For the past two years I have been fretting over a mystery. Although Labour seems to have done everything possible to ensure that it stays out of office, there remains a possibility that it might form another government at some point between now and 2050. This means that its climate change bill, which will become law in the autumn, could come back to haunt it. Despite its evident flaws, this is radical and unprecedented legislation. It imposes a legal obligation on future governments to cut carbon dioxide pollution by 60% or more by 2050, with binding interim targets every five years.
The government has some good climate policies. It also has some bleeding disastrous ones, which appear to commit the United Kingdom to high carbon pollution for the entire period covered by the bill. A future Labour government would find itself snared by its own current policies. Surely it wouldn't be foolish enough to set such a trap for itself?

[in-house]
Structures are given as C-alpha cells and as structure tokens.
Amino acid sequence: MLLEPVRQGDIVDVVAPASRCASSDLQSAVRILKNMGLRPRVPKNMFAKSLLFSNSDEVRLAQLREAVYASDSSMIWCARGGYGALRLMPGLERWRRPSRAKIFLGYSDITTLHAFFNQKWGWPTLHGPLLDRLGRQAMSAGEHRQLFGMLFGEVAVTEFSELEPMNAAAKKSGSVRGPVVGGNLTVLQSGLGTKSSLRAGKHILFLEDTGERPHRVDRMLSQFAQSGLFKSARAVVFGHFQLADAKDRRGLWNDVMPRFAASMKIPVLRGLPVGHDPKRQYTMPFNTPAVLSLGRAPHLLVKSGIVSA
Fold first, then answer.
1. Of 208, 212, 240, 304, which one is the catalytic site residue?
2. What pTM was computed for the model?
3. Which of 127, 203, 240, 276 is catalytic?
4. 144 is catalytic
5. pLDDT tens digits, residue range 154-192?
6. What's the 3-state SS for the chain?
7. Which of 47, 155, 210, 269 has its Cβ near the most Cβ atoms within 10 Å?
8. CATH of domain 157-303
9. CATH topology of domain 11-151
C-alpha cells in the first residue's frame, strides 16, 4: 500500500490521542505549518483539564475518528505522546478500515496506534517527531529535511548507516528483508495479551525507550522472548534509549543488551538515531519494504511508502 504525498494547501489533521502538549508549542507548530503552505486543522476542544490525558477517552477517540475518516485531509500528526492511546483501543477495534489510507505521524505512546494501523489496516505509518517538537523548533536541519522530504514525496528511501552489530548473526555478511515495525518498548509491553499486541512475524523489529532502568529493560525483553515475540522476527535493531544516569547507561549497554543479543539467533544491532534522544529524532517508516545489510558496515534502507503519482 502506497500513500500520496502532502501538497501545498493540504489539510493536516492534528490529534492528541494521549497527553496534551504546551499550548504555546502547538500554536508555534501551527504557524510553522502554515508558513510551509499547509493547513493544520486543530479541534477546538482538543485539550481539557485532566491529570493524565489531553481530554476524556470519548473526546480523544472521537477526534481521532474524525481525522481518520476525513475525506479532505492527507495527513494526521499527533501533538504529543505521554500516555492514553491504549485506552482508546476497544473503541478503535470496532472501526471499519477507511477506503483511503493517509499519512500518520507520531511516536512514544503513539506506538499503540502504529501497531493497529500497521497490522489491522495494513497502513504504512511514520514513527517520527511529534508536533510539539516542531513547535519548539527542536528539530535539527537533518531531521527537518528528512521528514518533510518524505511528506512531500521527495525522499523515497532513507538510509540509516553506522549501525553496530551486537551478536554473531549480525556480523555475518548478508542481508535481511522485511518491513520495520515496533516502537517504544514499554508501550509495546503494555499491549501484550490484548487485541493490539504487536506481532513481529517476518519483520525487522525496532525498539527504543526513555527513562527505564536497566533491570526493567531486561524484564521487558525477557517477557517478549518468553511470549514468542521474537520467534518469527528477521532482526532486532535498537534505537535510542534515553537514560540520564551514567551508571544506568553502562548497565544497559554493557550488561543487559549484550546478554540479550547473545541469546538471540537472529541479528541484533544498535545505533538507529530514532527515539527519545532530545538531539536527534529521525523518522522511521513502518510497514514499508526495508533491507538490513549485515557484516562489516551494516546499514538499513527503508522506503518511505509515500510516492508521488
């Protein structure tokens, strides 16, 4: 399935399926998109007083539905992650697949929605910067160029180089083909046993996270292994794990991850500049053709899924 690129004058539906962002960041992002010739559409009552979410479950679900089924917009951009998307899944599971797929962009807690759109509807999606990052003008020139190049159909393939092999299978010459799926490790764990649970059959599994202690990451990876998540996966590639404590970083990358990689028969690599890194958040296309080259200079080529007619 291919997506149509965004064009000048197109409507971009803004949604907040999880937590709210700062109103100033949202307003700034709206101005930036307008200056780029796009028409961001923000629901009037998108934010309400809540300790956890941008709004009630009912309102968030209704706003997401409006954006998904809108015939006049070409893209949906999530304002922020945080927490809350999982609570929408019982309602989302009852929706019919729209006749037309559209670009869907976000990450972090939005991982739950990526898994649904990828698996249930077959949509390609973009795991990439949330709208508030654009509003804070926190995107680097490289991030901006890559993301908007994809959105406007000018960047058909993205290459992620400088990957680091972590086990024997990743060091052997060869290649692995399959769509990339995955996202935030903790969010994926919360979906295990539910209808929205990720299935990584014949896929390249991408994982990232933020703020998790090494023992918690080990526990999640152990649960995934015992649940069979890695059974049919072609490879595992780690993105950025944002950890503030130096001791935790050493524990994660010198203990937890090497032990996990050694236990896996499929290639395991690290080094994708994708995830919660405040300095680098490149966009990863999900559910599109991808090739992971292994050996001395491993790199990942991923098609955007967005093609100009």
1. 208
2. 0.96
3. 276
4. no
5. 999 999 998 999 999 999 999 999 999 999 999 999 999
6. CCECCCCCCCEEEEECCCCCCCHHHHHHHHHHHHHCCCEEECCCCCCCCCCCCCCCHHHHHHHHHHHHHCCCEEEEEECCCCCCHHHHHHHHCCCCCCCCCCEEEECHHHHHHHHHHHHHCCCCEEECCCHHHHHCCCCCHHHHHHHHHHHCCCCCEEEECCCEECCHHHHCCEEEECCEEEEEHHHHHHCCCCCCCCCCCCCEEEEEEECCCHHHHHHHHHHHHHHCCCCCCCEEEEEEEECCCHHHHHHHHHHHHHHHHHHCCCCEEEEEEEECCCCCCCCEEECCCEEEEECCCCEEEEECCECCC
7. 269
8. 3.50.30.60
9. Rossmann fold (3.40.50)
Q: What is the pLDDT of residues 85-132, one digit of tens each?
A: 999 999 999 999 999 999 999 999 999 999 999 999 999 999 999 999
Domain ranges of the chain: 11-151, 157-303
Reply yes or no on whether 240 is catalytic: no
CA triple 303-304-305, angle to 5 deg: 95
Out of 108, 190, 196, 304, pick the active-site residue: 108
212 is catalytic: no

One policy alone seems to doom future governments to prosecution: the planned doubling of the capacity of the UK's airports by 2030. Using the Department for Transport's projections, I estimate that by 2050 aeroplanes will account for 91% of all the greenhouse gases the country should be producing. Under the less optimistic figures published by Defra, the environment department, the proportion rises to 258%.
Until now this hasn't been a problem: the government has refused to include aircraft pollution in the 2050 target. But following an amendment in the Lords, the draft bill imposes a duty on the government either to include it or to explain to parliament why it hasn't done so, within five years. The government claims that it might not be possible to add these gases to the UK's carbon budget because, "in the absence of an internationally agreed methodology", no one knows how to calculate what proportion of this pollution belongs to us.
It's a knotty problem, isn't it? If you were the government and you knew that 67% of the passengers using UK airports were residents of this country, could you work out what proportion of aircraft emissions should be counted in the UK's carbon budget? No? Me neither. Wouldn't know where to begin.
This ridiculous excuse can't be sustained for much longer. At some point, aircraft gases will have to be included in the carbon target. Throw in the government's roadbuilding programme and its intention to approve new coal-burning power plants, and you can see it has a problem.